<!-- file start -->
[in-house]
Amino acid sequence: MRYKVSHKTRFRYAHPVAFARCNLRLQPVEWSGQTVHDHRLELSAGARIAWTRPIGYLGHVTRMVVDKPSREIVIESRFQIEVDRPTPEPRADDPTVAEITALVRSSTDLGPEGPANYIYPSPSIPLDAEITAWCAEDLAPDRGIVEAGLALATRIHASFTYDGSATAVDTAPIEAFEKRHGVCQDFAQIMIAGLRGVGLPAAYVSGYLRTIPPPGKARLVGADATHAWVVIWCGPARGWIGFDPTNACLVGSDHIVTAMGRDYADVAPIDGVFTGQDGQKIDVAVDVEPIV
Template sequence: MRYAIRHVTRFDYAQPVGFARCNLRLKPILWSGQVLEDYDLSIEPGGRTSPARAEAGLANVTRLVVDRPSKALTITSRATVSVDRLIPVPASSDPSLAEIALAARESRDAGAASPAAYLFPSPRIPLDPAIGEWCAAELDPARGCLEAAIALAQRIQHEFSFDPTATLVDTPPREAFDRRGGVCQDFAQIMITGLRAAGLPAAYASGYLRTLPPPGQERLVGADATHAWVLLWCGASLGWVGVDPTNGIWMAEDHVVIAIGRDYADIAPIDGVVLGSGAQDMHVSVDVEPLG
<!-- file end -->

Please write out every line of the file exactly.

[in-house]
Amino acid sequence: MRYKVSHKTRFRYAHPVAFARCNLRLQPVEWSGQTVHDHRLELSAGARIAWTRPIGYLGHVTRMVVDKPSREIVIESRFQIEVDRPTPEPRADDPTVAEITALVRSSTDLGPEGPANYIYPSPSIPLDAEITAWCAEDLAPDRGIVEAGLALATRIHASFTYDGSATAVDTAPIEAFEKRHGVCQDFAQIMIAGLRGVGLPAAYVSGYLRTIPPPGKARLVGADATHAWVVIWCGPARGWIGFDPTNACLVGSDHIVTAMGRDYADVAPIDGVFTGQDGQKIDVAVDVEPIV
Template sequence: MRYAIRHVTRFDYAQPVGFARCNLRLKPILWSGQVLEDYDLSIEPGGRTSPARAEAGLANVTRLVVDRPSKALTITSRATVSVDRLIPVPASSDPSLAEIALAARESRDAGAASPAAYLFPSPRIPLDPAIGEWCAAELDPARGCLEAAIALAQRIQHEFSFDPTATLVDTPPREAFDRRGGVCQDFAQIMITGLRAAGLPAAYASGYLRTLPPPGQERLVGADATHAWVLLWCGASLGWVGVDPTNGIWMAEDHVVIAIGRDYADIAPIDGVVLGSGAQDMHVSVDVEPLG